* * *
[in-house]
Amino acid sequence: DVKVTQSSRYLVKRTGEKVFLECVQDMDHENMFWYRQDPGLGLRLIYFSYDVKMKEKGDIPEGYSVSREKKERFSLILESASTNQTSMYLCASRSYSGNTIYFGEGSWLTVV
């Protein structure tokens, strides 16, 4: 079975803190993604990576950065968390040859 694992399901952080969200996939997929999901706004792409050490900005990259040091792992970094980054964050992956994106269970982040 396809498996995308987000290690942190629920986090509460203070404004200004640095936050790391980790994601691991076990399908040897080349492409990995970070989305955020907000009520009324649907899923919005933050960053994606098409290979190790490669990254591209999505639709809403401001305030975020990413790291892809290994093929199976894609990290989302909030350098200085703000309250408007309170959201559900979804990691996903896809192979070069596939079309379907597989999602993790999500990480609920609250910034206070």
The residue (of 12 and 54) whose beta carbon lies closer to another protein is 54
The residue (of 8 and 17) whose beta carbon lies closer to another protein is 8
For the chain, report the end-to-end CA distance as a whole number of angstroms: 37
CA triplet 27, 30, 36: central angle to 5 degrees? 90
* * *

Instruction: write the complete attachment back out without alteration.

[in-house]
Amino acid sequence: DVKVTQSSRYLVKRTGEKVFLECVQDMDHENMFWYRQDPGLGLRLIYFSYDVKMKEKGDIPEGYSVSREKKERFSLILESASTNQTSMYLCASRSYSGNTIYFGEGSWLTVV
């Protein structure tokens, strides 16, 4: 079975803190993604990576950065968390040859 694992399901952080969200996939997929999901706004792409050490900005990259040091792992970094980054964050992956994106269970982040 396809498996995308987000290690942190629920986090509460203070404004200004640095936050790391980790994601691991076990399908040897080349492409990995970070989305955020907000009520009324649907899923919005933050960053994606098409290979190790490669990254591209999505639709809403401001305030975020990413790291892809290994093929199976894609990290989302909030350098200085703000309250408007309170959201559900979804990691996903896809192979070069596939079309379907597989999602993790999500990480609920609250910034206070």
The residue (of 12 and 54) whose beta carbon lies closer to another protein is 54
The residue (of 8 and 17) whose beta carbon lies closer to another protein is 8
For the chain, report the end-to-end CA distance as a whole number of angstroms: 37
CA triplet 27, 30, 36: central angle to 5 degrees? 90